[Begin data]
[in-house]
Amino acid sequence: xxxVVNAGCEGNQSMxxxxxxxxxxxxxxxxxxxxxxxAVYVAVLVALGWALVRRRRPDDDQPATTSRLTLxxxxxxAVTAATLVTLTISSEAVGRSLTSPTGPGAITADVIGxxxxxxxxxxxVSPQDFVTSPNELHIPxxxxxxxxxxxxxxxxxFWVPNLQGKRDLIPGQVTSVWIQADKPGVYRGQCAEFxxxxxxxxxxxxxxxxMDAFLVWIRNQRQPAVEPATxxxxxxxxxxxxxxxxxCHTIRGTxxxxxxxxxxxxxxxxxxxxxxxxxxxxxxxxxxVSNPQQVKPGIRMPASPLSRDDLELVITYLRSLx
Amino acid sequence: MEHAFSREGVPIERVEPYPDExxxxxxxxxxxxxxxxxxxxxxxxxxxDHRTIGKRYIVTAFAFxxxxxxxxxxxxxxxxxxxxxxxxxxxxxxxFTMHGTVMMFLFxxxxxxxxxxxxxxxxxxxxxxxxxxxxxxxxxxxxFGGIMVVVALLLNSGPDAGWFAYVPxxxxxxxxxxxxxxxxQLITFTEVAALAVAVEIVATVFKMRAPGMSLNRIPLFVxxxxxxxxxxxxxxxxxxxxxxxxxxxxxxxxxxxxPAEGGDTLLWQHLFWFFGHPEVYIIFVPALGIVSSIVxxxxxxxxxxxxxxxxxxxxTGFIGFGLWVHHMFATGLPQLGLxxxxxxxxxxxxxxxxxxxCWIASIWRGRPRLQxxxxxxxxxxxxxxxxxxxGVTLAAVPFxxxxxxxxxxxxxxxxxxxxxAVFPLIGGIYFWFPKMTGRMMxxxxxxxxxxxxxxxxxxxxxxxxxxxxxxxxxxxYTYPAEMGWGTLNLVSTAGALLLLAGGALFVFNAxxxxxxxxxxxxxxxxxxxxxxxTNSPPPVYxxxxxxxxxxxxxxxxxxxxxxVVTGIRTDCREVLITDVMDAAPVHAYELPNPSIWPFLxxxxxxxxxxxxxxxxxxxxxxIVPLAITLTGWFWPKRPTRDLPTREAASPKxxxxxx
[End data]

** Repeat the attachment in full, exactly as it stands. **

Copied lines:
[in-house]
Amino acid sequence: xxxVVNAGCEGNQSMxxxxxxxxxxxxxxxxxxxxxxxAVYVAVLVALGWALVRRRRPDDDQPATTSRLTLxxxxxxAVTAATLVTLTISSEAVGRSLTSPTGPGAITADVIGxxxxxxxxxxxVSPQDFVTSPNELHIPxxxxxxxxxxxxxxxxxFWVPNLQGKRDLIPGQVTSVWIQADKPGVYRGQCAEFxxxxxxxxxxxxxxxxMDAFLVWIRNQRQPAVEPATxxxxxxxxxxxxxxxxxCHTIRGTxxxxxxxxxxxxxxxxxxxxxxxxxxxxxxxxxxVSNPQQVKPGIRMPASPLSRDDLELVITYLRSLx
Amino acid sequence: MEHAFSREGVPIERVEPYPDExxxxxxxxxxxxxxxxxxxxxxxxxxxDHRTIGKRYIVTAFAFxxxxxxxxxxxxxxxxxxxxxxxxxxxxxxxFTMHGTVMMFLFxxxxxxxxxxxxxxxxxxxxxxxxxxxxxxxxxxxxFGGIMVVVALLLNSGPDAGWFAYVPxxxxxxxxxxxxxxxxQLITFTEVAALAVAVEIVATVFKMRAPGMSLNRIPLFVxxxxxxxxxxxxxxxxxxxxxxxxxxxxxxxxxxxxPAEGGDTLLWQHLFWFFGHPEVYIIFVPALGIVSSIVxxxxxxxxxxxxxxxxxxxxTGFIGFGLWVHHMFATGLPQLGLxxxxxxxxxxxxxxxxxxxCWIASIWRGRPRLQxxxxxxxxxxxxxxxxxxxGVTLAAVPFxxxxxxxxxxxxxxxxxxxxxAVFPLIGGIYFWFPKMTGRMMxxxxxxxxxxxxxxxxxxxxxxxxxxxxxxxxxxxYTYPAEMGWGTLNLVSTAGALLLLAGGALFVFNAxxxxxxxxxxxxxxxxxxxxxxxTNSPPPVYxxxxxxxxxxxxxxxxxxxxxxVVTGIRTDCREVLITDVMDAAPVHAYELPNPSIWPFLxxxxxxxxxxxxxxxxxxxxxxIVPLAITLTGWFWPKRPTRDLPTREAASPKxxxxxx